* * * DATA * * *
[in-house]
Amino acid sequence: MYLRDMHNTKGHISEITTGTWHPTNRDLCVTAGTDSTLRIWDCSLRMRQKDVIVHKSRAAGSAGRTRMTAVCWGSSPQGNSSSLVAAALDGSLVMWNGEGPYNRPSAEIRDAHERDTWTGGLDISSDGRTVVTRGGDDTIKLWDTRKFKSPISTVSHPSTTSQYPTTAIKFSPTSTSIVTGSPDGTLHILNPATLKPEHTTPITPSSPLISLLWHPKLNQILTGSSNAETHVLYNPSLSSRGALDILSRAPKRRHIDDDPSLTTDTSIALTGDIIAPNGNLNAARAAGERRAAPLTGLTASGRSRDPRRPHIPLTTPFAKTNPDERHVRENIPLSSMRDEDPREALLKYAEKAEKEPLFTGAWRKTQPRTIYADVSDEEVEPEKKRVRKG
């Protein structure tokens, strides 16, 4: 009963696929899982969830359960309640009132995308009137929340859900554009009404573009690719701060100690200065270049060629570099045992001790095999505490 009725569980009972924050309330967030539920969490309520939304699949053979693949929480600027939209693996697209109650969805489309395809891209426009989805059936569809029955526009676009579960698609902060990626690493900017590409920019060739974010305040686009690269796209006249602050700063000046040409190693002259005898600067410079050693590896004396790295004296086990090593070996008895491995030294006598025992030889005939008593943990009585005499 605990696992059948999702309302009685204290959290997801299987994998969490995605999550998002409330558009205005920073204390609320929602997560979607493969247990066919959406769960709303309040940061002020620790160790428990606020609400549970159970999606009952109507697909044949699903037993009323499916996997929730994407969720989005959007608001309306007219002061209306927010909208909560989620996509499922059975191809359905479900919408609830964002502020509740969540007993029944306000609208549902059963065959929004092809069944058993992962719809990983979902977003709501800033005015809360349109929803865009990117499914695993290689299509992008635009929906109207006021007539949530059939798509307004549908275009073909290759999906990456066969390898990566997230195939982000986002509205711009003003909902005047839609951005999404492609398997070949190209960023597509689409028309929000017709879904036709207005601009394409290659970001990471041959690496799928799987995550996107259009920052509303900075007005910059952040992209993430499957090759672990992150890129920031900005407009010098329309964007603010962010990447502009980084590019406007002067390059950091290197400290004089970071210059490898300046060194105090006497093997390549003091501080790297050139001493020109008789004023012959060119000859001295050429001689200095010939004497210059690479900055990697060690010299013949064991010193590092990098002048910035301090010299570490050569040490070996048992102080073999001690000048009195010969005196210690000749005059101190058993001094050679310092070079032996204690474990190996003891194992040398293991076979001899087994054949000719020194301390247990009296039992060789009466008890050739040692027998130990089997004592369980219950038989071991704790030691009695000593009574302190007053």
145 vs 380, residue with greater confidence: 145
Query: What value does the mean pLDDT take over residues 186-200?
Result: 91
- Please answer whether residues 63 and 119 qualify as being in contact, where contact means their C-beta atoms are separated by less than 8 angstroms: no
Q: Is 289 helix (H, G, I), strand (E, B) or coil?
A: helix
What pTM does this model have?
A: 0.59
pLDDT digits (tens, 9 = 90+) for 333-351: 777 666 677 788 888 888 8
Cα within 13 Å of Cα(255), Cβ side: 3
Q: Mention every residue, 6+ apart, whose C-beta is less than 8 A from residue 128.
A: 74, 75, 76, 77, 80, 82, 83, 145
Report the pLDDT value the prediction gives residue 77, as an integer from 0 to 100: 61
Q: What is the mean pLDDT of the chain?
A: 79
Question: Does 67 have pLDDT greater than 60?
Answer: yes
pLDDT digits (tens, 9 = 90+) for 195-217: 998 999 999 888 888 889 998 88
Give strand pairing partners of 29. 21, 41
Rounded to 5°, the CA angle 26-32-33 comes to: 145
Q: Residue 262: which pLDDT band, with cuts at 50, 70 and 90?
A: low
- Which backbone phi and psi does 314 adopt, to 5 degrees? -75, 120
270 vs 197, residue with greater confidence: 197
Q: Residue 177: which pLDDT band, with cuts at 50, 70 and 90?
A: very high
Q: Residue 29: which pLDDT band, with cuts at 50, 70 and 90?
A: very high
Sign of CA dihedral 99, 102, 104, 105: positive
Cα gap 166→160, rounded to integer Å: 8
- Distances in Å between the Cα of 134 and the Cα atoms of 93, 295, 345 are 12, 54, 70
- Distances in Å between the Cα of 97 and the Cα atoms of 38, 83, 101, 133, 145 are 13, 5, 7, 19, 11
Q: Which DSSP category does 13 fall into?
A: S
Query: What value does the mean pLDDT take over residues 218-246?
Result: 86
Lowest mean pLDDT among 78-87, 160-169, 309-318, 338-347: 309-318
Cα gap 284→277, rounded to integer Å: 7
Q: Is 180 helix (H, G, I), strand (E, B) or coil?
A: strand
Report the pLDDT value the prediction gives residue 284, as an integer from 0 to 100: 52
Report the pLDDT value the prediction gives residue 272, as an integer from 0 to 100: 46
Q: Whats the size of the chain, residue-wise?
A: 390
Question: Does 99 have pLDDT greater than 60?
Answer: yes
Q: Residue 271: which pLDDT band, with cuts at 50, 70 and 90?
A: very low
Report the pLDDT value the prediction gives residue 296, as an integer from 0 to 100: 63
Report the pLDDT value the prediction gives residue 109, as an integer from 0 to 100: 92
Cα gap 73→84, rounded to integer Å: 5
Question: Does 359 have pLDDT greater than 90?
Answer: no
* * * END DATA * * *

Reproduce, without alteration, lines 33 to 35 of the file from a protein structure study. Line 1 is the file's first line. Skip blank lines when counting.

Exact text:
Cα gap 166→160, rounded to integer Å: 8
- Distances in Å between the Cα of 134 and the Cα atoms of 93, 295, 345 are 12, 54, 70
- Distances in Å between the Cα of 97 and the Cα atoms of 38, 83, 101, 133, 145 are 13, 5, 7, 19, 11